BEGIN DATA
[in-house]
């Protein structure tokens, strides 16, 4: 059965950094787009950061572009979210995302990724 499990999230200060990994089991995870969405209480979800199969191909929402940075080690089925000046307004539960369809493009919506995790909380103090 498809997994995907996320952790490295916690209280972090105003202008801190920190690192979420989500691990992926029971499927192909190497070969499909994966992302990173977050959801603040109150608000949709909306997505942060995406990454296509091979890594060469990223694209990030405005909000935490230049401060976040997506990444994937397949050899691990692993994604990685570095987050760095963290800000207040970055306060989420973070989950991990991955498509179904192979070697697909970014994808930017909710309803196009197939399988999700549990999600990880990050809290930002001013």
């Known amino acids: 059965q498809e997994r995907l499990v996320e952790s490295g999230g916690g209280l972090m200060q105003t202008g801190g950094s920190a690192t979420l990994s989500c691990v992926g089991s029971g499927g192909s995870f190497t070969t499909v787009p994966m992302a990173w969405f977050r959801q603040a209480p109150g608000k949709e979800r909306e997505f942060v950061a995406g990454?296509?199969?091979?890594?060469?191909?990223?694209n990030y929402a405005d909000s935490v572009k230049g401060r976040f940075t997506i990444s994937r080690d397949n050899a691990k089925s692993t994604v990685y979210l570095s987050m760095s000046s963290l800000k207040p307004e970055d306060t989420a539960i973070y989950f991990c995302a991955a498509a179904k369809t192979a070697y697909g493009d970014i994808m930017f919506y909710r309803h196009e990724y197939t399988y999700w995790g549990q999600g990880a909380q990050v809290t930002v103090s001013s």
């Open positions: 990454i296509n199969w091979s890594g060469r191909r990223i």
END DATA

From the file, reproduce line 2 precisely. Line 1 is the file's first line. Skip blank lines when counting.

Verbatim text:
């Protein structure tokens, strides 16, 4: 059965950094787009950061572009979210995302990724 499990999230200060990994089991995870969405209480979800199969191909929402940075080690089925000046307004539960369809493009919506995790909380103090 498809997994995907996320952790490295916690209280972090105003202008801190920190690192979420989500691990992926029971499927192909190497070969499909994966992302990173977050959801603040109150608000949709909306997505942060995406990454296509091979890594060469990223694209990030405005909000935490230049401060976040997506990444994937397949050899691990692993994604990685570095987050760095963290800000207040970055306060989420973070989950991990991955498509179904192979070697697909970014994808930017909710309803196009197939399988999700549990999600990880990050809290930002001013």